It took too long but Jean Smart is now widely recognized as one of the best TV actresses working today. The range of her work in “Fargo,” “Watchmen,” and now “Hacks” is stunning, and the character she’s crafting on this HBO Max Emmy winner for directing, writing, and actress could be career-defining. Much more than just a riff on Joan Rivers—although the inspiration is obvious—Smart's Deborah Vance is a rich, complex character. She’s a woman who guards her vulnerability whenever possible and yet has to access that part of her on stage every night. In many ways, the first season was about a woman shaken out of her comfort zone, forced to consider what’s funny, what’s real, and what’s important. The second season of “Hacks” continues this journey, and is almost more ambitious in that Deborah has now decided to be more honest on-stage. But she has to figure out who she is off-stage in order to make that possible. As her writing partner/frenemy Ava (Hannah Einbinder) says to her, referring to where she was in Vegas versus what she’s trying now: “I think that was just a hill—now you’re climbing a mountain.”
The new season of “Hacks” picks up immediately after the end of season one with Ava realizing she made a huge mistake when she spilled all the tea about Deborah’s worst habits to a pair of TV writers. It takes a couple episodes for that bomb to fall in Deborah and Ava’s life, but the way it unfolds is a fascinating embrace of the themes of “Hacks.” Without spoiling, it turns Deborah and Ava into opponents in the real world even as they’re forced to be allies as they work her new show on the road, free from the safety of the Vegas Strip. “Hacks” understands how show business can make people who can’t stand each other on one level into creative inspirations for one another at the same time. Like Deborah, Ava is trying to figure out who she is, constantly moving toward better habits—she tries to go sober and limit technology in her life this year—but realizing that forcing change never works. “Hacks” concerns two women at very different career levels who are undergoing similar arcs—it could be read as a story about how we’re really trying to figure out who we are for our entire lives.
It's also just damn funny. Despite the relatively deep previous paragraph, the second season is more of an ensemble comedy. Deborah and Ava’s manager Jimmy (the very funny Paul Downs) gets some hysterical beats as he tries to wrangle both of his problematic clients and a kooky assistant (Megan Stalter) who makes his life much harder. The premiere features almost all of the supporting players from season one, including Kaitlin Olson’s DJ, Chris McDonald’s Marty, and Mark Indelicato’s Damien. And it’s nice to see Carl Clemons-Hopkins given a rich arc again this season as Marcus battles the intense burden of perfectionism that he puts on himself as Deborah’s closest ally versus a perception of happiness that includes clubbing and dog ownership. The casting agent for this season also deserves an award for bringing in Laurie Metcalf for a brilliant pair of episodes, along with the great Harriet Sansom Harris, a Margaret Cho cameo, and a fun Devon Sawa turn. It’s clearly a show everyone wants to join.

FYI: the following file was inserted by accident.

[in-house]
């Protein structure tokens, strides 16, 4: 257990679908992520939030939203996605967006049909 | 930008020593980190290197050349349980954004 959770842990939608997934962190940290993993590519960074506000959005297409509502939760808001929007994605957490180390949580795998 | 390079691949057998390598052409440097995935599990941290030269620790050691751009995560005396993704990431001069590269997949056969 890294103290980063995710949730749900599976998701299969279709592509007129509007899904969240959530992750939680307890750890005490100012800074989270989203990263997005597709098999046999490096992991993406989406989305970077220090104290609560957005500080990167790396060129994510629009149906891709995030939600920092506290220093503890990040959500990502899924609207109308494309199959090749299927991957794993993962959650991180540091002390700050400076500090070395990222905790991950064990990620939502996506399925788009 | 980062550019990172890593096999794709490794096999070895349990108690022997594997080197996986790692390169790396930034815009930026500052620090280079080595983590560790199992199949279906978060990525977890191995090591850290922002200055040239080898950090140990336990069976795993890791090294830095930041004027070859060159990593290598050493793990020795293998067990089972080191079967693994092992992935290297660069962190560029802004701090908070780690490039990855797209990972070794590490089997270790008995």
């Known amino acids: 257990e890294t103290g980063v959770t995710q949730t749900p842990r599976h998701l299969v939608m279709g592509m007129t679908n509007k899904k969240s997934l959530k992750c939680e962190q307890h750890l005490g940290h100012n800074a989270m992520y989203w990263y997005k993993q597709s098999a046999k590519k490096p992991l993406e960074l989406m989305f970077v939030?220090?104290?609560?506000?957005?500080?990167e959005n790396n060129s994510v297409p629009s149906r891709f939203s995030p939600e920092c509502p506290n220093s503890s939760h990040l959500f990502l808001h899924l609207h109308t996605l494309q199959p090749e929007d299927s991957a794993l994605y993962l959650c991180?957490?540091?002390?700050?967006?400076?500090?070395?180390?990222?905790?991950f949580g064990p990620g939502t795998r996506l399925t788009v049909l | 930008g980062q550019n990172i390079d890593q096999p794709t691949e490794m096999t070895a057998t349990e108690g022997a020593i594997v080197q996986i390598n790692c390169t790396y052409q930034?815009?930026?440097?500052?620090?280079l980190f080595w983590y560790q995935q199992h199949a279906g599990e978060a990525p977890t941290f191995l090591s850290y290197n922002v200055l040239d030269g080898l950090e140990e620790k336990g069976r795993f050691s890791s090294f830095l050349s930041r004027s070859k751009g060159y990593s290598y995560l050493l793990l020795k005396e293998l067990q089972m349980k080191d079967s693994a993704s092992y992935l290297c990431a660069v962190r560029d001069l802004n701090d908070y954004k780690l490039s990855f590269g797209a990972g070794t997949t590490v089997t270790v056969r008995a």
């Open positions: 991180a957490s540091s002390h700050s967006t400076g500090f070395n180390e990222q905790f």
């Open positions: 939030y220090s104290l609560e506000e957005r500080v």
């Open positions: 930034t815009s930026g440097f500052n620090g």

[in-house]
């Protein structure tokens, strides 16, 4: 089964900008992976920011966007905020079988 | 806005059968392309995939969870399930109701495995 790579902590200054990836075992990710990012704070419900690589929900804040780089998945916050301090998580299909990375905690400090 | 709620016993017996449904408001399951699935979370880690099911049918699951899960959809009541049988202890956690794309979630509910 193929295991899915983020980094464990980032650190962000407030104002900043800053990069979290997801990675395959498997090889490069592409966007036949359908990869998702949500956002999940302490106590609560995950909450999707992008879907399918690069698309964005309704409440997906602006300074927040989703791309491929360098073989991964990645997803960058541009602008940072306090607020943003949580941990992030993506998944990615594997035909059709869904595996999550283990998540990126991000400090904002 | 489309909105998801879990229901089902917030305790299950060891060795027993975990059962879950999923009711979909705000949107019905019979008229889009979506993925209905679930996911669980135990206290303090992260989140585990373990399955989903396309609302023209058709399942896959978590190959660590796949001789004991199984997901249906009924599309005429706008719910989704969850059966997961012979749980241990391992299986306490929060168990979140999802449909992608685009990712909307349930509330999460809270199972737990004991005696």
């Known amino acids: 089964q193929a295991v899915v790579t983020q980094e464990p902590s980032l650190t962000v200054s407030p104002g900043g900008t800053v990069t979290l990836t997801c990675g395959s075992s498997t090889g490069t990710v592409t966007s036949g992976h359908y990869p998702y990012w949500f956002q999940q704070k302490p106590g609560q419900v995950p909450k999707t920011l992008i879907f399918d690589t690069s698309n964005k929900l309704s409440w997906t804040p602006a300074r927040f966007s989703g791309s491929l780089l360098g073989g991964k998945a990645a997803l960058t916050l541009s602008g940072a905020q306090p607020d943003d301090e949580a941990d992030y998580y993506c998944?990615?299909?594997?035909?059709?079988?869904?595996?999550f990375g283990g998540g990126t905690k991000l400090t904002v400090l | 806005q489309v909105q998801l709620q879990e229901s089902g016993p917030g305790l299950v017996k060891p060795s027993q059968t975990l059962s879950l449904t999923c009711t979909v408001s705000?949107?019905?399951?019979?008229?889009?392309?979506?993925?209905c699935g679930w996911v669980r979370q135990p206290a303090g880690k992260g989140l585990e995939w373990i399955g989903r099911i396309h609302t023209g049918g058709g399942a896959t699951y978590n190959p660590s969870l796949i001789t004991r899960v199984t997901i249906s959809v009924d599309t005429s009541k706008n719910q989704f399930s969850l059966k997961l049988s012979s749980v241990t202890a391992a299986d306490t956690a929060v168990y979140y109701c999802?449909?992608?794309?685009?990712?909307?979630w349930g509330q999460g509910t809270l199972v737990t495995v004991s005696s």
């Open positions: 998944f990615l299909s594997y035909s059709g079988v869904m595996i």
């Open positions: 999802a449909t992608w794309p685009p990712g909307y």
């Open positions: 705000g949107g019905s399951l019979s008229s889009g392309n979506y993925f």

The writing on “Hacks” is better when it avoids set-ups that could be called sitcomish. The fourth episode takes Deborah and Ava on a cruise, and the character work is great, but the plotting is too predictable and easy, especially for a show that usually veers left when it looks like it’s going right. It’s good for a show like “Hacks” to be silly every now and then, but those moments stand out this season more against a backdrop that takes the show’s ideas more seriously.
Still, “Hacks” overcomes these set-ups to remain a remarkably smart comedy, one that understands human behavior and how it’s warped by show business. What Jean Smart is doing here will likely win her another deserved Emmy, but I’m hoping the increased attention extends to the rest of the ensemble a bit this year too. There’s not a weak link in this cast. Not a single hack in the bunch.
Six episodes screened for review.